Clint Eastwood is a uniquely self-possessed director in the face of short-attention-span modern Hollywood. He isn't afraid to take his time telling a story, letting it breathe like a good wine and thereby making it feel more like life than a movie, as the winds of emotions and atmosphere blow through each scene.
His more profound dramas aren't just set in a place and time -- they take you there. This is true of the cruel, muddy underbelly of the Old West in "Unforgiven," it's true of the sleepy, humid, esoteric mint-julep charm of Savannah in "Midnight in the Garden of Good and Evil," and it's true of the downtrodden, blue-hued, 24-hour dusk of South Boston -- and the psychological wreckage of the characters therein -- in his tragic new mystery "Mystic River."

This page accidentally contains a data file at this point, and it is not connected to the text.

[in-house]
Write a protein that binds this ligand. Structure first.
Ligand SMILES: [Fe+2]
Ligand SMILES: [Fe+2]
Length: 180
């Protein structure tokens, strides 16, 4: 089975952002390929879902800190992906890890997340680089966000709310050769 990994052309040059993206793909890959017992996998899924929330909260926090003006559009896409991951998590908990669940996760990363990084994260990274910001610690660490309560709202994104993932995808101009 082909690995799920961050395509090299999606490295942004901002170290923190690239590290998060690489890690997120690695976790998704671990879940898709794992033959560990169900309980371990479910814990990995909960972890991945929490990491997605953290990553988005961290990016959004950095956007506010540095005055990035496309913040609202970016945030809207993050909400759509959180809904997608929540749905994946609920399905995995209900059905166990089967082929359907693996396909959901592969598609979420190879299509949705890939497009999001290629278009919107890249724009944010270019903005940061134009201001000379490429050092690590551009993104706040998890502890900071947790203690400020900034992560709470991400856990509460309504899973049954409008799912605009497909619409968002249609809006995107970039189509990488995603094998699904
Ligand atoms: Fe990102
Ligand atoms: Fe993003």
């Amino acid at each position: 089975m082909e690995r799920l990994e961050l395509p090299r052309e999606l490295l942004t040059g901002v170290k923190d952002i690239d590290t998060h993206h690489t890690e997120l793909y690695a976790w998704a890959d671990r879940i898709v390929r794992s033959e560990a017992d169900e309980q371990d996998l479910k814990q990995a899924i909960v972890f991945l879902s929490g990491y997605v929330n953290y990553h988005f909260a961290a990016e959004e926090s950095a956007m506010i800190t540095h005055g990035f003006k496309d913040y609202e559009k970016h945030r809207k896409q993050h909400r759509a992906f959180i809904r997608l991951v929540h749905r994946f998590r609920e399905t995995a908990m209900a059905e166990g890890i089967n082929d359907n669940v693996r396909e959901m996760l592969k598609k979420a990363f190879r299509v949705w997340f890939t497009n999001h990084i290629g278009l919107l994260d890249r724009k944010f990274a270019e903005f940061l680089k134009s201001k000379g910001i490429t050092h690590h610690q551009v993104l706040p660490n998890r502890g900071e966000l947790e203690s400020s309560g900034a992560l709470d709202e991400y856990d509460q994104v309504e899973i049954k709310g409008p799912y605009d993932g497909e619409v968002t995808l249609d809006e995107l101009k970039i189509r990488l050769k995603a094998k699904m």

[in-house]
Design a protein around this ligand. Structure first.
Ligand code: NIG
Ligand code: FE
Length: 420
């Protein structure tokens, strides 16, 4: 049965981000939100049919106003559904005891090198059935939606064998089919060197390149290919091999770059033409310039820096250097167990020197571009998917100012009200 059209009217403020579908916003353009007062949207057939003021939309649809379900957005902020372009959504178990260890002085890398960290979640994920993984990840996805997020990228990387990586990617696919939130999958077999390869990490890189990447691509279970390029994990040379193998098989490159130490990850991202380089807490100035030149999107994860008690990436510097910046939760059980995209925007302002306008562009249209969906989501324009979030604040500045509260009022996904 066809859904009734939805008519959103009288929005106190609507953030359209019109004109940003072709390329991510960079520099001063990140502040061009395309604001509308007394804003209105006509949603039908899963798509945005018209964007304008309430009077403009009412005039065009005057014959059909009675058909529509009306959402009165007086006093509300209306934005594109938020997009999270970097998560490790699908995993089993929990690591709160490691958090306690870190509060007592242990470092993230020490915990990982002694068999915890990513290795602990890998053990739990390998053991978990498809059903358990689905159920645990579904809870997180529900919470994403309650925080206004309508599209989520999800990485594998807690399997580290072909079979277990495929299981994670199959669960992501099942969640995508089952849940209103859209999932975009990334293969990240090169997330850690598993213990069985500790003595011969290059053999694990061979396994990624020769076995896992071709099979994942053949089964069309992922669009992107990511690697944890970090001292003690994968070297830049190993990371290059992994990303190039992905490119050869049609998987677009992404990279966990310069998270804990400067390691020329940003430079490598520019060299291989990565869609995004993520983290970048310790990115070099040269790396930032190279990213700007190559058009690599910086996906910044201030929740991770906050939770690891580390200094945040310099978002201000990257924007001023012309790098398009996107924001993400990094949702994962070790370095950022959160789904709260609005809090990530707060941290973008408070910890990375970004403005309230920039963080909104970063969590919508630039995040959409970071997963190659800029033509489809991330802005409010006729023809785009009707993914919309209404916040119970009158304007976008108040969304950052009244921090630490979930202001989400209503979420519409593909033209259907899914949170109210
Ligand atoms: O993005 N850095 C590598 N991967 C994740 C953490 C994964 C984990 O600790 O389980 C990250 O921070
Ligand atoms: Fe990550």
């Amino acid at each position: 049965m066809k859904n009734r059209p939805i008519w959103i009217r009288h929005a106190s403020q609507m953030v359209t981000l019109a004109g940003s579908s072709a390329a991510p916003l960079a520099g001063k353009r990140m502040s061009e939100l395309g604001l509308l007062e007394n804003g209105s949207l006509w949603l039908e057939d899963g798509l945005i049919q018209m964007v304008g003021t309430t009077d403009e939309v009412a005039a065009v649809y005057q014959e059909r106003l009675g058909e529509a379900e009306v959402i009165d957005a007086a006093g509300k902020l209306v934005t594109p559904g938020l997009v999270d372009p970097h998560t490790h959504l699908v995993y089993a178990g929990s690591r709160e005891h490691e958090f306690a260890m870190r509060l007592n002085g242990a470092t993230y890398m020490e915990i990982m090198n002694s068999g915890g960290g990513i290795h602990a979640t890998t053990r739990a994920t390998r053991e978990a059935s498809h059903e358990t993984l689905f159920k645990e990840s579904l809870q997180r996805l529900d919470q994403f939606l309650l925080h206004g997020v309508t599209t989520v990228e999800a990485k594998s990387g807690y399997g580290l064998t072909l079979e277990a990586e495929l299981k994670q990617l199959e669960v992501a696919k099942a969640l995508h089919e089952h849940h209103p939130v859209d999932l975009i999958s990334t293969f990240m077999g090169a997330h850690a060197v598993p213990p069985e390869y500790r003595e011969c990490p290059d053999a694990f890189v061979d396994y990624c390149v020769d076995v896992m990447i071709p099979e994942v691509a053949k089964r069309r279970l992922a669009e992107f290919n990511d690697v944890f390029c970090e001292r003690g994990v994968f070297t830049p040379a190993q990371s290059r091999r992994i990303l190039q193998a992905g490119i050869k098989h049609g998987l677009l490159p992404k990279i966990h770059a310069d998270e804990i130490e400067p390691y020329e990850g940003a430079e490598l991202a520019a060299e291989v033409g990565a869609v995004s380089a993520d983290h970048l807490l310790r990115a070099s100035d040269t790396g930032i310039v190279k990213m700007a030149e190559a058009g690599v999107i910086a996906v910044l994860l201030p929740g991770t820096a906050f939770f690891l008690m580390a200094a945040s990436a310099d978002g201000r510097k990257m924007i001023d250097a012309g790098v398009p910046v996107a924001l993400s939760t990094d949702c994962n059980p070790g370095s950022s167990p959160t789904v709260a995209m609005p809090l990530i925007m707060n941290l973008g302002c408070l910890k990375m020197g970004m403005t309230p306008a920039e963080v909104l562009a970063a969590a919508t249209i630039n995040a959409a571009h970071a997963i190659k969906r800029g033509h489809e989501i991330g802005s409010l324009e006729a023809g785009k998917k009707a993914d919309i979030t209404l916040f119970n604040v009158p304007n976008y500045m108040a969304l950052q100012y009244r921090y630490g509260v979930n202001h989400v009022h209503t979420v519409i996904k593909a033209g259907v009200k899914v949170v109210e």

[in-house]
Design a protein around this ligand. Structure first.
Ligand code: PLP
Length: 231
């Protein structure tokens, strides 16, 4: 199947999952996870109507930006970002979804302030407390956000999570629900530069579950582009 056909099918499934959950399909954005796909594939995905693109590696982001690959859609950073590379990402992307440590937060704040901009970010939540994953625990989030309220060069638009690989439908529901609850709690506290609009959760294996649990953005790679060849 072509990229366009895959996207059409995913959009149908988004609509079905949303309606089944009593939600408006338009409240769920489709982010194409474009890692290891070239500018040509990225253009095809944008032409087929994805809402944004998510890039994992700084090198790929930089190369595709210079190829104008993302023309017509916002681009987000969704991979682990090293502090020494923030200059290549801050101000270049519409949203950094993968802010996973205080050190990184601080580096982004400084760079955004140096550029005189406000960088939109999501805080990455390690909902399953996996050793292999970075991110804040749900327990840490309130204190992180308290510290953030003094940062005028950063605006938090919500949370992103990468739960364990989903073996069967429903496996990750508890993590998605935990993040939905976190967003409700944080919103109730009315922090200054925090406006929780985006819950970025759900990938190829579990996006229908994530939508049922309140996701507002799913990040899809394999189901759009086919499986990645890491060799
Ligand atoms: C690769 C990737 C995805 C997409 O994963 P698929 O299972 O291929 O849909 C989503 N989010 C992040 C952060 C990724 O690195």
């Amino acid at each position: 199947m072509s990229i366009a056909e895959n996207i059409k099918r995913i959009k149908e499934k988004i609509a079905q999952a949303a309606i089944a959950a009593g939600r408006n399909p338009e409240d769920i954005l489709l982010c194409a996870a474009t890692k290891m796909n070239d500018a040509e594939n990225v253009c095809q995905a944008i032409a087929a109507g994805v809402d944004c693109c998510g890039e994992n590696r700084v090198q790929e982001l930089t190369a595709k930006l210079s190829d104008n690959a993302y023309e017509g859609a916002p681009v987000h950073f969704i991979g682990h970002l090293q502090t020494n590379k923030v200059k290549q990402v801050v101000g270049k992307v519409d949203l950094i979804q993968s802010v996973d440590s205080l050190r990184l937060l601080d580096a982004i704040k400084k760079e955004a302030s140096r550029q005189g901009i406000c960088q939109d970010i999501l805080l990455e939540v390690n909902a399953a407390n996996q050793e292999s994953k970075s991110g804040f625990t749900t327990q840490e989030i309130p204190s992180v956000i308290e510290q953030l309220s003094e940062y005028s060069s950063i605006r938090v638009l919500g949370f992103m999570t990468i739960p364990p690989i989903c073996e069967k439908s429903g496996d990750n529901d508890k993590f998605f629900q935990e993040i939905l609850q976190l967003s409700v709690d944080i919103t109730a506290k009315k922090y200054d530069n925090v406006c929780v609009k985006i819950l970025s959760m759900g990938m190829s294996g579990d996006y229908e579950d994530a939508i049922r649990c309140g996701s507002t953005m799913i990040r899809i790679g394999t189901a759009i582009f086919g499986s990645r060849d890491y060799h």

The story is of three distant childhood friends whose lives collide back together, after 25 years, with the murder of one man's daughter. But that murder doesn't come in the opening scene or even in the opening reel. Eastwood and screenwriter Brian Helgeland ("L.A. Confidential," and Eastwood's "Blood Work"), who adapted a novel by Dennis Lehane, first linger in the lives and street-stickball memories of Jimmy (Sean Penn), a bottled-up ex-con fiercely devoted to his family; Sean (Kevin Bacon), an exacting homicide detective; and Dave (Tim Robbins), whose kidnapping by a sexual predator when the boys were young shook their friendship and shaped their lives, leaving Dave an meek, unstable wreck of a man with demons at play in his subconscious.
Continue reading: Mystic River Review
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